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The Longest Day of the Year

By Charles Apple The Spokesman-Review

Today will be the longest day of 2019 in and around Spokane. Daylight hours today will last just 23 seconds shy of 16 hours — which will be 7 hours and 34 minutes longer than the shortest day of the year, our winter solstice on Dec. 21.

This chart shows the effect the Earth’s annual trip around the sun has had — and will have — on us Earthlings in 2019 here in the Inland Northwest.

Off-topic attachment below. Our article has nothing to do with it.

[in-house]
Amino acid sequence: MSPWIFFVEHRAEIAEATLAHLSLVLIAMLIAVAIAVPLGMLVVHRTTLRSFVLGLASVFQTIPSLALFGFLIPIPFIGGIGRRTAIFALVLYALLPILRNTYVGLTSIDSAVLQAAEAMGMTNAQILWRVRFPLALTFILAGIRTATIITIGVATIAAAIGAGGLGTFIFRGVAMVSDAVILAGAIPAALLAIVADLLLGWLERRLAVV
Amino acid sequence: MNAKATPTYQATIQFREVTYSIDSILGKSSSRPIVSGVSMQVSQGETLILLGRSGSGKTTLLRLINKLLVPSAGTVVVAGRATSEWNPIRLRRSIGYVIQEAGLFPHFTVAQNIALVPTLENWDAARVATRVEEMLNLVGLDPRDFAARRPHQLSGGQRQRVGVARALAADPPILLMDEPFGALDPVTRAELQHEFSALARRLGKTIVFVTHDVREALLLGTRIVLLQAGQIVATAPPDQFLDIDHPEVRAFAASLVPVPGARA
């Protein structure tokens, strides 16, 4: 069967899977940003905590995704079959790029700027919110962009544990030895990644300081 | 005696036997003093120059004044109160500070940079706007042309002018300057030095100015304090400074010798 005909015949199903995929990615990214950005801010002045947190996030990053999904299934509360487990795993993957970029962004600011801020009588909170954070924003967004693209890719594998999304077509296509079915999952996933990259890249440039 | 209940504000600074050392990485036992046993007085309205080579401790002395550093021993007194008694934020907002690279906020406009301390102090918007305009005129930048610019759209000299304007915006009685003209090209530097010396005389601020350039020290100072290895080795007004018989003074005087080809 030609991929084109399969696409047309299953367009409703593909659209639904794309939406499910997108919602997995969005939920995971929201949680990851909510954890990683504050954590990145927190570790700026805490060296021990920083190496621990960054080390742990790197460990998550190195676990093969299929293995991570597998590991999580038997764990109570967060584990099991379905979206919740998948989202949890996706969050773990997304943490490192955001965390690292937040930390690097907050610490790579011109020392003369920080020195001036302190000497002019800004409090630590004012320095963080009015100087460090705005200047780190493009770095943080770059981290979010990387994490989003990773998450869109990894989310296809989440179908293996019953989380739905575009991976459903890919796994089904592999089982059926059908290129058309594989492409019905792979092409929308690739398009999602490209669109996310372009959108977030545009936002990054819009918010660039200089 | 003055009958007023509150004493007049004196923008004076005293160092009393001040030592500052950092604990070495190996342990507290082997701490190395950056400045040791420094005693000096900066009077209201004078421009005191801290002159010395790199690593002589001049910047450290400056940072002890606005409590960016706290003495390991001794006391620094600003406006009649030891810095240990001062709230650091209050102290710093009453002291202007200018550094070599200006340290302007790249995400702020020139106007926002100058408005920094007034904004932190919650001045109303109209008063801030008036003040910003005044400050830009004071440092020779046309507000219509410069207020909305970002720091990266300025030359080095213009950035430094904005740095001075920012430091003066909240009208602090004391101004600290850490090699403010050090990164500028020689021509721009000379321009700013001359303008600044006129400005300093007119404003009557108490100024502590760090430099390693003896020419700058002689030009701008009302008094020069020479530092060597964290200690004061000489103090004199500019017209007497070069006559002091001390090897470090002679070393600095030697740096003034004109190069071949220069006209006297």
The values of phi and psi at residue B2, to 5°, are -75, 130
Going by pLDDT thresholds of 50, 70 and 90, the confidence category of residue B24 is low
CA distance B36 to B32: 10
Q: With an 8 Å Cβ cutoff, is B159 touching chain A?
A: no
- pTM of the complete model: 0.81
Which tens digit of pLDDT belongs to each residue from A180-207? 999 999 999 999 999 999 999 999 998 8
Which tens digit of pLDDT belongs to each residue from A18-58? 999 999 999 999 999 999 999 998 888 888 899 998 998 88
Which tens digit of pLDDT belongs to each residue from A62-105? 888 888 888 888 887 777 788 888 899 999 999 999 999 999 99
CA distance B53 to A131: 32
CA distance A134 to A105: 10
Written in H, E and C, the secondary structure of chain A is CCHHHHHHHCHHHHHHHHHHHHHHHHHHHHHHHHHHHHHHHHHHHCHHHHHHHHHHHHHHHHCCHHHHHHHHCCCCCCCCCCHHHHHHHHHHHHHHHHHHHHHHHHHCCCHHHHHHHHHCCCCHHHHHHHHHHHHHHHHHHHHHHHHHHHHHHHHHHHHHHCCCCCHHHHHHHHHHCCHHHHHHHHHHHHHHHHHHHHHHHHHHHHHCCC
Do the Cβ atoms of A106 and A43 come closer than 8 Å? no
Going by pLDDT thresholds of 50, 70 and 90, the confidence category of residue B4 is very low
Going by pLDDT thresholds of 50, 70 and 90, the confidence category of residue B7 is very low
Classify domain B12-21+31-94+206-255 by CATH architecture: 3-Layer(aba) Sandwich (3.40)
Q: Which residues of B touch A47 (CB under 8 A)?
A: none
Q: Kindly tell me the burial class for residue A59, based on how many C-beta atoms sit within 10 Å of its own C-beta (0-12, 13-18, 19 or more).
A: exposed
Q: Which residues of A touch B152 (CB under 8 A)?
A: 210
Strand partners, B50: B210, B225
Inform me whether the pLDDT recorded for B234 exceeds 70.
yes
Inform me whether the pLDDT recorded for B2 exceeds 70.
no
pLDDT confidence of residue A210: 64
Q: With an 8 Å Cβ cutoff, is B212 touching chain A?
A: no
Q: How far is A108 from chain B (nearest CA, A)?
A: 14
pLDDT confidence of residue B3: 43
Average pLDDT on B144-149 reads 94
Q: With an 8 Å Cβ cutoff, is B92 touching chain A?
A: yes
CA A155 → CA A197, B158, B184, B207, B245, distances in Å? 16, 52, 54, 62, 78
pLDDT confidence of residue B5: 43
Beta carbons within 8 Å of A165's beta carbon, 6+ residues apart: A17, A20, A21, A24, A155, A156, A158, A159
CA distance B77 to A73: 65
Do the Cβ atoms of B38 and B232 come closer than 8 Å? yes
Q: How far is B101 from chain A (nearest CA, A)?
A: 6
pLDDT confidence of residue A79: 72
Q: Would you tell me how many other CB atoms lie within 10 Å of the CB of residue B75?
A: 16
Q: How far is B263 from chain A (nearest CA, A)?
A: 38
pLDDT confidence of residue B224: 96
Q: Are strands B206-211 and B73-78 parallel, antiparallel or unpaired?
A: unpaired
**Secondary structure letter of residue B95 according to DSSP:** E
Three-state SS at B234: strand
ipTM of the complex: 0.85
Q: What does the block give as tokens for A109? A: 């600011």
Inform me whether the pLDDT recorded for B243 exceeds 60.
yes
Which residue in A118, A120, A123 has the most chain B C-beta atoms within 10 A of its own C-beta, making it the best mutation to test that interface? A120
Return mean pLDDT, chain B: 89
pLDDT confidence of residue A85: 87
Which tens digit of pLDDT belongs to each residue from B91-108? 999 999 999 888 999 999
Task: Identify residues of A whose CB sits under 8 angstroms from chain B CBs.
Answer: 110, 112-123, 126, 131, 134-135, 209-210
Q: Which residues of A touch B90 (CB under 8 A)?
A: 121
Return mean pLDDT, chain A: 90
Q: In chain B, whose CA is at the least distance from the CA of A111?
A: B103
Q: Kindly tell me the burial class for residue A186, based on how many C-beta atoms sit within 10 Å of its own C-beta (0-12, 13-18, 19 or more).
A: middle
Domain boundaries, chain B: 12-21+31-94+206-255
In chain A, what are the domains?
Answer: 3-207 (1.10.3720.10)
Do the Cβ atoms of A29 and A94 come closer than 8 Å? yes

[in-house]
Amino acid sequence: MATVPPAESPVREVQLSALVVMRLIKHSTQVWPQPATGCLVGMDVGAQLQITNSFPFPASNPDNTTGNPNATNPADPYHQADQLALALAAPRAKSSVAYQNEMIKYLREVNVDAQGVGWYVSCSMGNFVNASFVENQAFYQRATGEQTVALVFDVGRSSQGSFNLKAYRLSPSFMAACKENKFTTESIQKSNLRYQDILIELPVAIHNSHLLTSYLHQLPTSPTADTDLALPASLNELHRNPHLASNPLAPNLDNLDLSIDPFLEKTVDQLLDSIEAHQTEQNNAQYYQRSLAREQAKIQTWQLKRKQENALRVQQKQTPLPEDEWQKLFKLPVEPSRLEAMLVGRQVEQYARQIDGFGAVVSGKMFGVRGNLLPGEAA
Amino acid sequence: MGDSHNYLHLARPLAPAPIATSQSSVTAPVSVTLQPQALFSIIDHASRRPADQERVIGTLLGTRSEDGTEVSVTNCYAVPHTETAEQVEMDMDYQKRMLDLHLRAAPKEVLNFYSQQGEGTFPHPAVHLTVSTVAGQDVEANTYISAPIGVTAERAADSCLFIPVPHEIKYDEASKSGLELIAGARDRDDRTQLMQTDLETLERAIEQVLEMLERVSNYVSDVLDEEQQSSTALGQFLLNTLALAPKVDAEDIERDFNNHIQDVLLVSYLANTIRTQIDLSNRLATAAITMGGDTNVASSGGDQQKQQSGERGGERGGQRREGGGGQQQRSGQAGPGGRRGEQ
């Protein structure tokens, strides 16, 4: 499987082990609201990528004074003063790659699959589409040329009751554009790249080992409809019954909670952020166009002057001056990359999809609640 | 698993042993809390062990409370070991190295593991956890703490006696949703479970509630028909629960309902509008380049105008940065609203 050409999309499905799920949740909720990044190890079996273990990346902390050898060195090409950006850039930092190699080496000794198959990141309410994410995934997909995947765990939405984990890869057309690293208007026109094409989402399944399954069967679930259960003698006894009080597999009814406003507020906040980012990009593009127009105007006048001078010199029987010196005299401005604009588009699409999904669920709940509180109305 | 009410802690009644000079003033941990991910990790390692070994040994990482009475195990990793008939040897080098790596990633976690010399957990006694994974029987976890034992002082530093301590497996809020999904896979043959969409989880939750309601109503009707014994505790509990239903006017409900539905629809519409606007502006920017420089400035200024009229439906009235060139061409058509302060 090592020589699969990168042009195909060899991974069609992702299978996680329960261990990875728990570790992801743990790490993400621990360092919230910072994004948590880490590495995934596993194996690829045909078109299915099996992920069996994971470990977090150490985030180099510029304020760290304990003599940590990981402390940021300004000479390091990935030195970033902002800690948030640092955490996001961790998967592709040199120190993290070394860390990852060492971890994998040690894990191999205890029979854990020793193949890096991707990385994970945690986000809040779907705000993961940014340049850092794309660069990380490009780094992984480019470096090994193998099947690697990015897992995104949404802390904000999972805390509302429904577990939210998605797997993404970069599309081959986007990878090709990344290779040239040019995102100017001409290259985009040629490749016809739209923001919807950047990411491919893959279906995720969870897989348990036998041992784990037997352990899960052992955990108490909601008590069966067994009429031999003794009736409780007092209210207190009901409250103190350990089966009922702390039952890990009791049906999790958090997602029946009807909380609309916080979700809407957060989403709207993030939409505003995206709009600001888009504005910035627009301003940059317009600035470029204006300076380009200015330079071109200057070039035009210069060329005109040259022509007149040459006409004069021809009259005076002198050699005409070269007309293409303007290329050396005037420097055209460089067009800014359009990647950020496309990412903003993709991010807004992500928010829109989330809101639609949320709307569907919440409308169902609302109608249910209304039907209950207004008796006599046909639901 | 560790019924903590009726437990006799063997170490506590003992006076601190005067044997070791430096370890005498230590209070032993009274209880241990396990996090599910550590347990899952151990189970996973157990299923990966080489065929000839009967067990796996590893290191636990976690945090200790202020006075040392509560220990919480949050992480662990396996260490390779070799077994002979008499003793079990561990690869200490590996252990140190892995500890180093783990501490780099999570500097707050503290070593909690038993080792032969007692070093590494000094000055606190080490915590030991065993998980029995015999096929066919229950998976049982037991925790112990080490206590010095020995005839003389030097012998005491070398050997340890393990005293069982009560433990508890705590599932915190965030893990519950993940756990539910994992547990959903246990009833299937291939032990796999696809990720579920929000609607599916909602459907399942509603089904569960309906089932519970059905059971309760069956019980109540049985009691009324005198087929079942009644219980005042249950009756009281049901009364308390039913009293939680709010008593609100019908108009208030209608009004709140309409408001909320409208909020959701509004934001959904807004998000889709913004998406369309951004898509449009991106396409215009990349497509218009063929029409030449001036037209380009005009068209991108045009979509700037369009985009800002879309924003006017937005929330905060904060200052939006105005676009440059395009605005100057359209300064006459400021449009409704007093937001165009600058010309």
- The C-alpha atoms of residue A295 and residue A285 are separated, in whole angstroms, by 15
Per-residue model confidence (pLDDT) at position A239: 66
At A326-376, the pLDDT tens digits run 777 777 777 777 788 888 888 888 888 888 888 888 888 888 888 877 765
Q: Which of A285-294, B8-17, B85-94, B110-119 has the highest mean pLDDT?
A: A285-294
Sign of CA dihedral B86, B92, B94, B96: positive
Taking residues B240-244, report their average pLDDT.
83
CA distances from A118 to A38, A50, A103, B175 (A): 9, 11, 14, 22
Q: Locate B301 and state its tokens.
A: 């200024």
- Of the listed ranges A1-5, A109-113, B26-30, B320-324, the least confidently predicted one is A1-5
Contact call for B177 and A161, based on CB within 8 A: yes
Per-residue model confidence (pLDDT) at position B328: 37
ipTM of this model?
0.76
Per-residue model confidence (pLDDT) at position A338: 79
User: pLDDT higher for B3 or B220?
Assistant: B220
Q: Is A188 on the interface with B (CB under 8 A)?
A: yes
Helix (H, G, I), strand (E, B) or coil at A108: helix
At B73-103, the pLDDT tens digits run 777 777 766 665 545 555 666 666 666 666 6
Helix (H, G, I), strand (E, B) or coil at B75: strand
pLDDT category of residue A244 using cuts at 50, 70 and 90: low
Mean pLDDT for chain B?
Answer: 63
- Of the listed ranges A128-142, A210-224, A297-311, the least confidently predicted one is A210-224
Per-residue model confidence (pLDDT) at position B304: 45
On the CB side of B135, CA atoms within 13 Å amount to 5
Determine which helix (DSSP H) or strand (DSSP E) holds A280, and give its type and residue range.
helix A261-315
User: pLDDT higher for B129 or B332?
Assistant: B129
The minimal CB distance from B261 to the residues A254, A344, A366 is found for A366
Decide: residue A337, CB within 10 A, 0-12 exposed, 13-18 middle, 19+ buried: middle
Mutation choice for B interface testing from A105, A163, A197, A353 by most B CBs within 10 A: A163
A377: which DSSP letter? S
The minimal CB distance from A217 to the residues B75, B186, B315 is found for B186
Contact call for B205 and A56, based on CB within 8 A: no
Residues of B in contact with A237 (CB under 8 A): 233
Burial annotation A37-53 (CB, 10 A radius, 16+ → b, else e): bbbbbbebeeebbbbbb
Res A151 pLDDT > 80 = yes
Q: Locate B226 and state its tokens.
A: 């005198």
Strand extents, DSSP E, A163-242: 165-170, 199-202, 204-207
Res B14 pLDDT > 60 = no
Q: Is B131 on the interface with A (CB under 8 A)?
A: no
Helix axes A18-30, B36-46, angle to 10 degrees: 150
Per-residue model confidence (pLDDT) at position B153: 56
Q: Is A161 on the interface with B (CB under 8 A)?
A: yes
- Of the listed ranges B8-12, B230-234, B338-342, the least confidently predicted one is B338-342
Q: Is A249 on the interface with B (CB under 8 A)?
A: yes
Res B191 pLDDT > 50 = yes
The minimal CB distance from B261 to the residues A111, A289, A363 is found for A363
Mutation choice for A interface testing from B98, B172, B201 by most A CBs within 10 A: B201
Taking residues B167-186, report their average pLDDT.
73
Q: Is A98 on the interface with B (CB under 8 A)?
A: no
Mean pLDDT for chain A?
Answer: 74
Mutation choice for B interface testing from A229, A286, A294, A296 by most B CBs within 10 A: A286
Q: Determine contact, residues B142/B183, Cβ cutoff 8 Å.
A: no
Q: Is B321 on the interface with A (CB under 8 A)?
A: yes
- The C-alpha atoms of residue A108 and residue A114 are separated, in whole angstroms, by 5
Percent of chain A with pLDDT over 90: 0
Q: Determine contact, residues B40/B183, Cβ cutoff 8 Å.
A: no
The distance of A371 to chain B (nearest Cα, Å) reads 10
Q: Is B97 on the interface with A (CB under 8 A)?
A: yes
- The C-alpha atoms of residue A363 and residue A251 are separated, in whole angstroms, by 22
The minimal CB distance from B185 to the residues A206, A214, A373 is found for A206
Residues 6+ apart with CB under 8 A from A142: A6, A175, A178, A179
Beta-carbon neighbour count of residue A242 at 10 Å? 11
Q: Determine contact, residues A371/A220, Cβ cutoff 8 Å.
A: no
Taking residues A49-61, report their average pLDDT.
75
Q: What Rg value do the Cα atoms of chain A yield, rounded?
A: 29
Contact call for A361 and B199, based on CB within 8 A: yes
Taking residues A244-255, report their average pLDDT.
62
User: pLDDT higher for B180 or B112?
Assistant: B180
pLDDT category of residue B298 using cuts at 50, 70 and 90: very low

AP Photo/The Daily Messenger, Rikki Van Camp

1

Latest Sunrise

Jan. 1, 7:38 a.m.

2

Perihelion

Earth's closest approach to the Sun

Jan. 2, 9:19 p.m.

3

Daylight Saving Time began

March 10, 2 a.m.

4

Nearly equal light and dark

March 17

11 hours, 59 minutes, and 2 seconds of daylight.

5

Spring equinox

March 20, 2:58 p.m.

6

Earliest sunrise

June 16, 4:51 a.m.

7

Summer solstice

June 21, 8:54 a.m.

15 hours, 59 minutes, and 37 seconds of daylight.

8

Latest sunsets

June 25-26, 8:51 p.m.

9

Aphelion

Earth's greatest distance from the Sun

July 4, 3:10 p.m.

10

Fall equinox

Sept. 23, 12:50 a.m.

11

Nearly equal light and dark

Sept. 25

12 hours, 1 minute, and 9 seconds of daylight.

12

Daylight Saving Time ends

Nov. 3, 2 a.m.

13

Earliest sunset

Dec. 11, 3:57 p.m.

14

Winter solstice

Dec. 21

8 hours, 25 minutes, and 8 seconds of daylight.

Source: https://www.timeanddate.com